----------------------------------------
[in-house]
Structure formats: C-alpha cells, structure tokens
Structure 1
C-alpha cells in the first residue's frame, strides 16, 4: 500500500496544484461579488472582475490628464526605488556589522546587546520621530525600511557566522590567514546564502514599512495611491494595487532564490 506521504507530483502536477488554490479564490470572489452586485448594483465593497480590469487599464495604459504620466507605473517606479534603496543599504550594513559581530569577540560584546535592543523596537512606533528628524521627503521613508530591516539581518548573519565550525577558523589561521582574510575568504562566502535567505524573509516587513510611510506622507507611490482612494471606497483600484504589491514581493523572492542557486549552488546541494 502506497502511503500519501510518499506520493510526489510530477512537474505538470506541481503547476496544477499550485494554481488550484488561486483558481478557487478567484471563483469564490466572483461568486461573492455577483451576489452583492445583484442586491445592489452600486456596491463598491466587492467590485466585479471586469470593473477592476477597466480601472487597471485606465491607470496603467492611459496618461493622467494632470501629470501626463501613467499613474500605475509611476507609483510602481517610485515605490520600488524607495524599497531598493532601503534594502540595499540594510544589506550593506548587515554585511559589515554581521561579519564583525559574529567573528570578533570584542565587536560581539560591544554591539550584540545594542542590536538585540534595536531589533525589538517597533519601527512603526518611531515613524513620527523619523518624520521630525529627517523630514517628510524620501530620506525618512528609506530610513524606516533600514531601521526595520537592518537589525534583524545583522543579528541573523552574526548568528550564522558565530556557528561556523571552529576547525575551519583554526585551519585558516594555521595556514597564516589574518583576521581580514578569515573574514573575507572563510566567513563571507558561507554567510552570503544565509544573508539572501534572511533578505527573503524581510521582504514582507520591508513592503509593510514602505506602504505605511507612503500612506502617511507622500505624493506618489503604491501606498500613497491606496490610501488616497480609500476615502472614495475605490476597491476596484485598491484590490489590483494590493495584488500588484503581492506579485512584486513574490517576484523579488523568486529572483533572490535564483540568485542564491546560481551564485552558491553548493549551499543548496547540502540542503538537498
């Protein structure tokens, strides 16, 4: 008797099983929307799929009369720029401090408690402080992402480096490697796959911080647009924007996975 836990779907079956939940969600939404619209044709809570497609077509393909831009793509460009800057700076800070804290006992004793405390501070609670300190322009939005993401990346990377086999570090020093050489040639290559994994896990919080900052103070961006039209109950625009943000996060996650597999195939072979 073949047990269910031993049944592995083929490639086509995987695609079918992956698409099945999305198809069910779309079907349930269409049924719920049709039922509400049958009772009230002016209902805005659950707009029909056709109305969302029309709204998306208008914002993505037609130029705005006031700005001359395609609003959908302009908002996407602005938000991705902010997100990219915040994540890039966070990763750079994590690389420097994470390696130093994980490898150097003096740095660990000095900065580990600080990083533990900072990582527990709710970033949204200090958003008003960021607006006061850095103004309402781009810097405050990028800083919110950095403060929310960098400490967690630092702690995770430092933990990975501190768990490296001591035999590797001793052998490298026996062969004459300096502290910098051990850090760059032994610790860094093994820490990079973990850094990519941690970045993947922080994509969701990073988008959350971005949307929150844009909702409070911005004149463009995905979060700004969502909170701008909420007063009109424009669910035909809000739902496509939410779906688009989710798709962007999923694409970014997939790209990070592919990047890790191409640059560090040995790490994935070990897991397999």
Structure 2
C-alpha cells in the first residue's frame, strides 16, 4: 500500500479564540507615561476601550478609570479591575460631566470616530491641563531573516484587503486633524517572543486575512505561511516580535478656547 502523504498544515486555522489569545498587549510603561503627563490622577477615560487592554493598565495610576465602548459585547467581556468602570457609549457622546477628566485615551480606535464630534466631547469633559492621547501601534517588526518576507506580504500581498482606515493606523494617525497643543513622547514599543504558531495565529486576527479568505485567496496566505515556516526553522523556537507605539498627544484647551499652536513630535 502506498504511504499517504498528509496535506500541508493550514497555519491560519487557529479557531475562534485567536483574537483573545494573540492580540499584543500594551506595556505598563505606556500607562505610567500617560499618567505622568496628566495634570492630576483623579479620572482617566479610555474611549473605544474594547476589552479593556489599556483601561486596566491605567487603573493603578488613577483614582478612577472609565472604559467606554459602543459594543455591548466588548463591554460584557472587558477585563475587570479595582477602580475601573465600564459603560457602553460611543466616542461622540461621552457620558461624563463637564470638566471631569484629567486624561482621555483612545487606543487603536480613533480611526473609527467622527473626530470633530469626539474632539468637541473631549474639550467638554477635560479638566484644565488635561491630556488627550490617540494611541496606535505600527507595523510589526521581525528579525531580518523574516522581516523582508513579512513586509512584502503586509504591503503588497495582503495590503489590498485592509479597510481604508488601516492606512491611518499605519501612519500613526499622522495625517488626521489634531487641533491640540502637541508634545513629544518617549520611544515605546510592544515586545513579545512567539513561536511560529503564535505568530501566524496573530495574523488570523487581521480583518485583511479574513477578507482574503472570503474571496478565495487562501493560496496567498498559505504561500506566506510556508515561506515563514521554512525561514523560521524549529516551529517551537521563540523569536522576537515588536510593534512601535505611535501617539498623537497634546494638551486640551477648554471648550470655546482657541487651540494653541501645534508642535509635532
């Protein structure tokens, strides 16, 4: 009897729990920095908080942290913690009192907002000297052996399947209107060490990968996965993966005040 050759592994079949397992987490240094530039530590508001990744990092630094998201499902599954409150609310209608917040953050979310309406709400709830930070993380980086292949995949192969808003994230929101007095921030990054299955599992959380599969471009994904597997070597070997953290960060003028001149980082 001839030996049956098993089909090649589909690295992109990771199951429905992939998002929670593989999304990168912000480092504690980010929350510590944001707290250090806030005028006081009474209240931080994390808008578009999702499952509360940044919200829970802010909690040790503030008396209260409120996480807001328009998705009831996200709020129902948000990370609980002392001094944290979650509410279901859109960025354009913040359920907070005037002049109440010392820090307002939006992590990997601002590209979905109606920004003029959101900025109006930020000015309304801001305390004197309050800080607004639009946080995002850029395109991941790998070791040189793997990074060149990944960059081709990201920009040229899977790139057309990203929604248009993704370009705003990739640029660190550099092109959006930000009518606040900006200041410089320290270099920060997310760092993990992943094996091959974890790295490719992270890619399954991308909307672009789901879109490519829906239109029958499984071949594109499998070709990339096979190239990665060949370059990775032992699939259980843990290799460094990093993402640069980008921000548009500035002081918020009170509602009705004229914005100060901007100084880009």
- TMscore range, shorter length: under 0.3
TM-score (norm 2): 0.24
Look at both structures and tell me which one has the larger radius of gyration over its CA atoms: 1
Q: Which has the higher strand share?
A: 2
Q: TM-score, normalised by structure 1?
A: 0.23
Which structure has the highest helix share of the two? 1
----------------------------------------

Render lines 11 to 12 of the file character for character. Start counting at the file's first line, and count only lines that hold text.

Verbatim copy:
Look at both structures and tell me which one has the larger radius of gyration over its CA atoms: 1
Q: Which has the higher strand share?